Thursday, October 12, 2017

Consciousness in transitions

We can think of a digital computer processor as doing two things: Transitioning between states and remaining in a constant state between the transitions. How long the processor remains in a constant state depends on the clock rate: after the processor has done a flurry of computation (“combinatorial logic”) in a clock cycle, it will stay in a constant state until it’s time for the next flurry. If the clock rate is low, it will be able to stay in that constant state for a significant portion of the time, which is great, because presumably then the processor will be cooling off.

Suppose the computer is conscious by virtue of computation (as opposed to, say, being conscious by virtue of the functioning of a soul that God creates for it). When is it conscious? Is it during the transitions between the states or while remaining in a state? Intuitively, it should be during the transitions. After all, while it was remaining in a state, we could suddenly lower the computer’s temperature to near absolute zero. That wouldn’t disturb the computer’s remaining-in-a-state.

(Granted, it would disturb the computer’s clock. But the clock seems something extrinsic to the conscious system. One could in principle run a processor—very slowly—on a clock signal produced by a human being tapping a telegraph key, and surely that wouldn’t make the human’s hand a part of the conscious system.)

But the frozen state is functionally very much like the processor’s regular holding of a state when it waits for the next clock pulse. So just as it is implausible to think that a physical system like a computer that is frozen near absolute zero would continue to be conscious, it is implausible to think that the computer would be conscious while simply holding a state.

Thus, if a digital computer is conscious by virtue of computation, that consciousness occurs in and through transitions between states.

So what? I don’t know. I’m just trying to figure out what the best functionalist view would be like.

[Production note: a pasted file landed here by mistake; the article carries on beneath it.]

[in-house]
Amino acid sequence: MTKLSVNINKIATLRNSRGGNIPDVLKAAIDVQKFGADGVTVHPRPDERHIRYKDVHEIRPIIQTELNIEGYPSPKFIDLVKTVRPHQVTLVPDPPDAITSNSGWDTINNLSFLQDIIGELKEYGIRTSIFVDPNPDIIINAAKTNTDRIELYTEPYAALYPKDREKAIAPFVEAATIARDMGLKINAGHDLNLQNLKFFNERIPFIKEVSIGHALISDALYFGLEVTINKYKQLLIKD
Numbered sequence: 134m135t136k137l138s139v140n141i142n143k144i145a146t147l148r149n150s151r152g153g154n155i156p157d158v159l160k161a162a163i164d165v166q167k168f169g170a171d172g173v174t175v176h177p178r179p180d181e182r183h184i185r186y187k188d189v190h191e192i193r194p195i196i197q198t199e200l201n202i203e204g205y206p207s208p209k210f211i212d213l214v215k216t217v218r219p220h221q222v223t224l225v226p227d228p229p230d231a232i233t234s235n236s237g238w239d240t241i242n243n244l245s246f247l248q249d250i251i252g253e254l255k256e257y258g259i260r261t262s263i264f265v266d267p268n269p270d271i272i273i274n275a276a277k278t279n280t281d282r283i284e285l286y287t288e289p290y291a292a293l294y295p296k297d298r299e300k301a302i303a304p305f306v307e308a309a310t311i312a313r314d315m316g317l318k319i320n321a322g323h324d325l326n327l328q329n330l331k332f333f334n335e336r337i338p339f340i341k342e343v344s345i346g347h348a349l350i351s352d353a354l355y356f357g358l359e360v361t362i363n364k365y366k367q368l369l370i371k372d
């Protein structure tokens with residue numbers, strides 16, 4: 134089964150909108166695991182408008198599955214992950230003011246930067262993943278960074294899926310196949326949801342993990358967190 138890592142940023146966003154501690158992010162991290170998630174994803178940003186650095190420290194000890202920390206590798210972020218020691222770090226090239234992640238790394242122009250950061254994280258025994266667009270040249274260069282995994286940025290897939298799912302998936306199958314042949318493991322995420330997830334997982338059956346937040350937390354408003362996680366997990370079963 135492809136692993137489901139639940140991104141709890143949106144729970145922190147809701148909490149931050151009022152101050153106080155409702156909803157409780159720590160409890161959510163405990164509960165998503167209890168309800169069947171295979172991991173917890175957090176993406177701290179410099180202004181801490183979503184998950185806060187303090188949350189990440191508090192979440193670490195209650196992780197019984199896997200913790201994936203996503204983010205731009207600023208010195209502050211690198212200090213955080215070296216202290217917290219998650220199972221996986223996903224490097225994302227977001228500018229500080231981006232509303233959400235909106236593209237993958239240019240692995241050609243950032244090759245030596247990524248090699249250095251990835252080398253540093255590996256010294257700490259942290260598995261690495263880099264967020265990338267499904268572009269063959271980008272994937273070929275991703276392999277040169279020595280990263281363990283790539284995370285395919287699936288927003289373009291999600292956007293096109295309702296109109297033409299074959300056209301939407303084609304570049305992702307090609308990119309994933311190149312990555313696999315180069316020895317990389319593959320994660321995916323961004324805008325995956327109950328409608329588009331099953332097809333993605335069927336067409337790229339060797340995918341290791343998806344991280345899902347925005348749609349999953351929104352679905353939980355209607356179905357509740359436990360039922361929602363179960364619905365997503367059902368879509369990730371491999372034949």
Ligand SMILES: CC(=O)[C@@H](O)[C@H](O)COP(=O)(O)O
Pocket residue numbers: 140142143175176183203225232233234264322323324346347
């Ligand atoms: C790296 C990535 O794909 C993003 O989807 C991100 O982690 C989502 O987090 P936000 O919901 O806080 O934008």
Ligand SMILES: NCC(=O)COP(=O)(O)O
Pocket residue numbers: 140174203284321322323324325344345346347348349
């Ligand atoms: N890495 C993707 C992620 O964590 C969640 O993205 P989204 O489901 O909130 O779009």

And note the contrast between this picture of consciousness-in-transitions and classical theism, according to which consciousness occurs in a timeless state.


Michael Gonzalez said...

This is an interesting point. I do wonder though if functionalism can possibly be worth pursuing if it can (even conceivably) incline us to think that consciousness is due to computation.... I think any view that says the difference between a conscious animal and an animal rendered unconscious is whether it's engaged in computation (or, presumably, its brain is engaged in such... though that's even more problematic, since brains don't engage in computation at all) is a view that will transgress the bounds of sense. It will be nonsense.

Or, if you don't mean "conscious" as in "not asleep" or "not rendered unconscious", then perhaps you mean "to be conscious that X". But then that is clearly a matter of having one's attention caught and held by X or to factor X into one's deliberations or to be aware of X. None of these meanings have anything to do with computation, nor are they the sorts of things that brains can meaningfully be said to do.

I really don't see how any progress at all will be made on the matter of consciousness until we realize that it is animal organisms which are conscious (in both senses: "not unconscious" and "conscious of X"); not their brains or souls or minds or any other such thing. Once we get that right, then we won't wonder about computation (since it's rather clear that an elk cannot compute and yet it can become very conscious of a predator in the vicinity).

Michael Gonzalez said...

Correction: When I said "conscious that X", I meant "conscious OF X". An elk is conscious OF predators in the area.